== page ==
Anatomy and Physiology: Pharynx
At the back of the nose, we start our journey down the pharynx. The first stop is in the nasopharynx, followed by the oropharynx, which is right behind the mouth, the hypopharynx, and then the laryngopharynx, which is the last stop. Just as some infections are only a finger's length away (a cautionary note to nosepickers of all ages), some infections not only make it past the nose, but they make it all the way down into the lungs.
The Big Picture
Remember, thinking about the body one system at a time is always a mistake. Even in the most traditional textbooks you will find diagrams of the respiratory system with a heart in view. That, quite simply, illustrates the fact that the lungs are exchanging gases with the cardiovascular system. But such details as the epiglottis at the top of the larynx illustrate this sys-tem's connection with the digestive system, and the tonsils within the pharynx illustrate the connection with the lymphatic system. If you learn to look for it, you will see that every body system is connected with every other one!
As an extra measure of protection, the pharynx is lined with several tonsils—the adenoids in the nasopharynx, the palatine tonsils at the back of the mouth, and the lingual tonsils at the back of the tongue—that also help in the fight against infection. This is crucial, because bacterial infection inside the brain can be fatal. The brain is limited in terms of fighting off infection, and so the tonsils, which are a part of the lymphatic system (refer again to Figure 13.2), fight the infection before it can ever get to the brain!
One interesting thing about the tonsils is their shape. Rather than having a distinct, smooth outer edge, the tonsils have a series of open pits called crypts. These crypts are designed for catching bacteria and viruses as they pass through the pharynx. It's as if the tonsils are saying, “Go ahead … make my day!”
A child's body is exposed to a remarkable range of pathogens. This exposure helps the body's immune system develop, especially given the memory capabilities of the body's B cells (so named because they are made in the bone marrow). Undue concern with infection, think of the ever-growing passion for antibacterial soaps, has led to parents overprotecting their children. Without proper exposure to foreign antigens, the body's immune system fails to develop properly, leading to an increase in the incidence of asthma and fatal food allergies; these problems are rare among people raised near large mammals, with the ever-present manure. The irony of this is that the best way to develop protection from illnesses is to roll around in cow dung as a child!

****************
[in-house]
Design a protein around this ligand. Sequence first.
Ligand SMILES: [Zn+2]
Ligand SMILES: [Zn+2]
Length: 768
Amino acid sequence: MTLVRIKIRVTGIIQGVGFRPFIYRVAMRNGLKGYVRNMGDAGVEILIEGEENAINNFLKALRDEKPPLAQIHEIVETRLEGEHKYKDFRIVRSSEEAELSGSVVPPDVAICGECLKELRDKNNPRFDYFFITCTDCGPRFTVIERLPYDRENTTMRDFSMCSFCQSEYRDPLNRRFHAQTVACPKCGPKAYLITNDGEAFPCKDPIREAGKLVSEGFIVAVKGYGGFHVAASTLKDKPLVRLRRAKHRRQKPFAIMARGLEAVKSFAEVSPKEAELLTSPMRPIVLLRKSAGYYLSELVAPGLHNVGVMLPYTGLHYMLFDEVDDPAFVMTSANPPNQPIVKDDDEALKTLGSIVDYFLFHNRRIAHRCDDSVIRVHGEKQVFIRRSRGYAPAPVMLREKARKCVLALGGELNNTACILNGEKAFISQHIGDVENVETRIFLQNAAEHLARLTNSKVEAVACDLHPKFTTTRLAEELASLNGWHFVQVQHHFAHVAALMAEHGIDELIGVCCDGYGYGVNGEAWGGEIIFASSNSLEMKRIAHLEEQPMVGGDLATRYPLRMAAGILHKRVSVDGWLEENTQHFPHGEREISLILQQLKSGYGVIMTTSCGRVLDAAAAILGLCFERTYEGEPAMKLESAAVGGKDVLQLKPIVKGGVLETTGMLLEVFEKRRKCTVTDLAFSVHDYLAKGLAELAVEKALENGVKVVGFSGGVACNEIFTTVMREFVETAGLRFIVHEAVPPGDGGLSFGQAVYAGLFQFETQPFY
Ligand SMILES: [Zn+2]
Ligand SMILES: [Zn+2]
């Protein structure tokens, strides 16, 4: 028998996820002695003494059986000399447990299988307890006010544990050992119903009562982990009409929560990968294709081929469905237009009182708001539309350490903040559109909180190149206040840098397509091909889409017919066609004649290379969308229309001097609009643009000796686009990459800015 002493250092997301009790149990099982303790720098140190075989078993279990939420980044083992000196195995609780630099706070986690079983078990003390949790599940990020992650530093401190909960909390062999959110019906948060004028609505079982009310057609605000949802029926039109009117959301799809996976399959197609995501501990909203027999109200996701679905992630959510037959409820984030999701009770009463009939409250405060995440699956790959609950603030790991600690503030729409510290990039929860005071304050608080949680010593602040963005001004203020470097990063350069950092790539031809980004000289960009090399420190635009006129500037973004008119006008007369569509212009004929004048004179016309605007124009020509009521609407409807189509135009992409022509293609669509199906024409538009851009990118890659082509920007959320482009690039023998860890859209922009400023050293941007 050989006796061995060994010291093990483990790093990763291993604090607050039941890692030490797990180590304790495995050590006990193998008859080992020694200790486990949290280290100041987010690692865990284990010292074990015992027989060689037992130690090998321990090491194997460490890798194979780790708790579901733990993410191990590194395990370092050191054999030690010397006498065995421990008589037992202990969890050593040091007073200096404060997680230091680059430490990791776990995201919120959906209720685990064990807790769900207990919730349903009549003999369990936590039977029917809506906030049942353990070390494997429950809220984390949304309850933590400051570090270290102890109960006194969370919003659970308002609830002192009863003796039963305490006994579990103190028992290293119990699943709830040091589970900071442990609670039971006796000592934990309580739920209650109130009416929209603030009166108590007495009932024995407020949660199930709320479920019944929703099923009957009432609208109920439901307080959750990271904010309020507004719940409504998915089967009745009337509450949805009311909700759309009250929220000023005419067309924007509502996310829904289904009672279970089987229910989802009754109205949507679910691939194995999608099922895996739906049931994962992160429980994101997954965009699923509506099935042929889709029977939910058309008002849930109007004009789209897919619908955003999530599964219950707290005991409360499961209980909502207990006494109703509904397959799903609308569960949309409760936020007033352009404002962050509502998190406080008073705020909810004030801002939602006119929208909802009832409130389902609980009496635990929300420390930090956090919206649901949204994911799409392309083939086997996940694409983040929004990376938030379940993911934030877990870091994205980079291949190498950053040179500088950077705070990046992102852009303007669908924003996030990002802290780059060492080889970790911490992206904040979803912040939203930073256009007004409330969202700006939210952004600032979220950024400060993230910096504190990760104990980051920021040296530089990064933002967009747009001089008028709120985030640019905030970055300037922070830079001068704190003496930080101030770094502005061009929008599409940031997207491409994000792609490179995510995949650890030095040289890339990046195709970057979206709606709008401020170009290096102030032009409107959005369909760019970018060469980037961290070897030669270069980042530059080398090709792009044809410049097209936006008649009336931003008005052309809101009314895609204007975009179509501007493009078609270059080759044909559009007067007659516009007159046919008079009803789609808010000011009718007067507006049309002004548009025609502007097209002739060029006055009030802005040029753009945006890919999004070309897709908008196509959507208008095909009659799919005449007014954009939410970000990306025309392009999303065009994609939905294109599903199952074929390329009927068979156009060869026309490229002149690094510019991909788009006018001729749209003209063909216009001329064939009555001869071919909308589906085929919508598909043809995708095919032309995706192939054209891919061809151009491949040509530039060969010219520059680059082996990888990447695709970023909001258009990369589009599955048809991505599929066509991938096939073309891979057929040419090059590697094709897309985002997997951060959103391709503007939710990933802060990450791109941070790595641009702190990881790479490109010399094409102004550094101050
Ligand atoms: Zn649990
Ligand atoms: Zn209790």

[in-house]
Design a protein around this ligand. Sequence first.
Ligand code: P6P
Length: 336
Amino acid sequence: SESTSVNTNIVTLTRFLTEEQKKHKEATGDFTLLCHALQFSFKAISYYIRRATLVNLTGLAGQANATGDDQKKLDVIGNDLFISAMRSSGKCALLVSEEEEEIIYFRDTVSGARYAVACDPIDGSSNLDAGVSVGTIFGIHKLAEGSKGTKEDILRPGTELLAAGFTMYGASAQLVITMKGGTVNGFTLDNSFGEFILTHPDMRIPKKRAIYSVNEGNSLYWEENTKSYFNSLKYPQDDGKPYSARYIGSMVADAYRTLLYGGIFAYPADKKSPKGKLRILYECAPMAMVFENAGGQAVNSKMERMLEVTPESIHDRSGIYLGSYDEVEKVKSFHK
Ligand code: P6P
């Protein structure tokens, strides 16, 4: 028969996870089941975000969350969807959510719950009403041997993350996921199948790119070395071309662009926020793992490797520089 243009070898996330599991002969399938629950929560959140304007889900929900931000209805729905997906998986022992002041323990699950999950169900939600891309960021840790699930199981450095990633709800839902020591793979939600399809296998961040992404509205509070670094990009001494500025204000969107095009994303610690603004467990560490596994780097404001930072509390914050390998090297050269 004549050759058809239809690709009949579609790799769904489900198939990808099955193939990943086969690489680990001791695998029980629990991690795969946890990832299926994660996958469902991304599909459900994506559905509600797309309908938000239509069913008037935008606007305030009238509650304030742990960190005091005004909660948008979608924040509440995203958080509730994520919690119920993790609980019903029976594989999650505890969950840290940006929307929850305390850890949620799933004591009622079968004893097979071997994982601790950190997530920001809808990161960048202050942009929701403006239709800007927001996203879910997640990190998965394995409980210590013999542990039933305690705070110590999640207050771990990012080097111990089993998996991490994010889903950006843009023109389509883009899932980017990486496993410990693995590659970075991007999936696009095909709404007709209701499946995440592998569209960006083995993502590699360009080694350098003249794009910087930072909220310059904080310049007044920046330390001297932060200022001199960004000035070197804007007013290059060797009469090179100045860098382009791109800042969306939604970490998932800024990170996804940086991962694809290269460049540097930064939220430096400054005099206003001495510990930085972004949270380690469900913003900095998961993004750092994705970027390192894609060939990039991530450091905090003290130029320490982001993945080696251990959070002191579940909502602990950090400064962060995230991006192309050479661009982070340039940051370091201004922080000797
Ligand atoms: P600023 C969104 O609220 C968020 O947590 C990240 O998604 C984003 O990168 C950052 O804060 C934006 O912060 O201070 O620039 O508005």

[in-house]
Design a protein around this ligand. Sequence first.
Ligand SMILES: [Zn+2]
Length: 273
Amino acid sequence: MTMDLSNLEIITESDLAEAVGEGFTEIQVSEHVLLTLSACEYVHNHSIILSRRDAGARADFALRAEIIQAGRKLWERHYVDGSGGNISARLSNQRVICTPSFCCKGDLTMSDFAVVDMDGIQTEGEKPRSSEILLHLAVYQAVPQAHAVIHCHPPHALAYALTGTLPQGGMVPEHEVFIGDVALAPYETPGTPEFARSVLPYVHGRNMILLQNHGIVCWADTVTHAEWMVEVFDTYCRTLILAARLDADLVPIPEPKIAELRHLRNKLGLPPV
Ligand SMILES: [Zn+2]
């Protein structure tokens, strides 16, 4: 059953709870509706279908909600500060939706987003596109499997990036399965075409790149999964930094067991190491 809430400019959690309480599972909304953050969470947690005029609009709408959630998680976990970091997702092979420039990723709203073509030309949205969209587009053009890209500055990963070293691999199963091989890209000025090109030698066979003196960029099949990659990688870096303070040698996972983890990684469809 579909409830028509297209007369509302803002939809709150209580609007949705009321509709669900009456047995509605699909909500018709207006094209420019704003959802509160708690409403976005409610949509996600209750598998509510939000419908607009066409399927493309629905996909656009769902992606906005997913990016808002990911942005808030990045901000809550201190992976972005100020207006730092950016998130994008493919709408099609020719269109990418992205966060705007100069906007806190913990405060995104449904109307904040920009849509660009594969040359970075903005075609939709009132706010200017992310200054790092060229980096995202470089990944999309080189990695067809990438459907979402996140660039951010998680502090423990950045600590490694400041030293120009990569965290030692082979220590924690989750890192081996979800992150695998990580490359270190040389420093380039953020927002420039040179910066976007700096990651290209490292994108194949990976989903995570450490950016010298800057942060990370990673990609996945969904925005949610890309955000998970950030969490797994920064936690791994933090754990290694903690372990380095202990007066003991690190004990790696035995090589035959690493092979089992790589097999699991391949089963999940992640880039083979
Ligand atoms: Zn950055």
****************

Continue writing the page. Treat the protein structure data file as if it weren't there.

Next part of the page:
The other cool structure in the throat is the epiglottis (see Figure 13.4), because eating is a potentially life-threatening situation! This is because the trachea needs to be held open to allow an almost constant airway (except when swallowing). This is done by the cartilaginous rings around the trachea, which you can feel if you gently rub your fingers down the center of your throat. If food travels down through the glottis (larynx) to the trachea, the airway can get blocked and the person can choke to death. Only by coughing, or, in extreme cases the Heimlich maneuver, can you remove food that has gone down, well, the wrong tube. The open tube of the trachea makes the existence of the epiglottis crucial.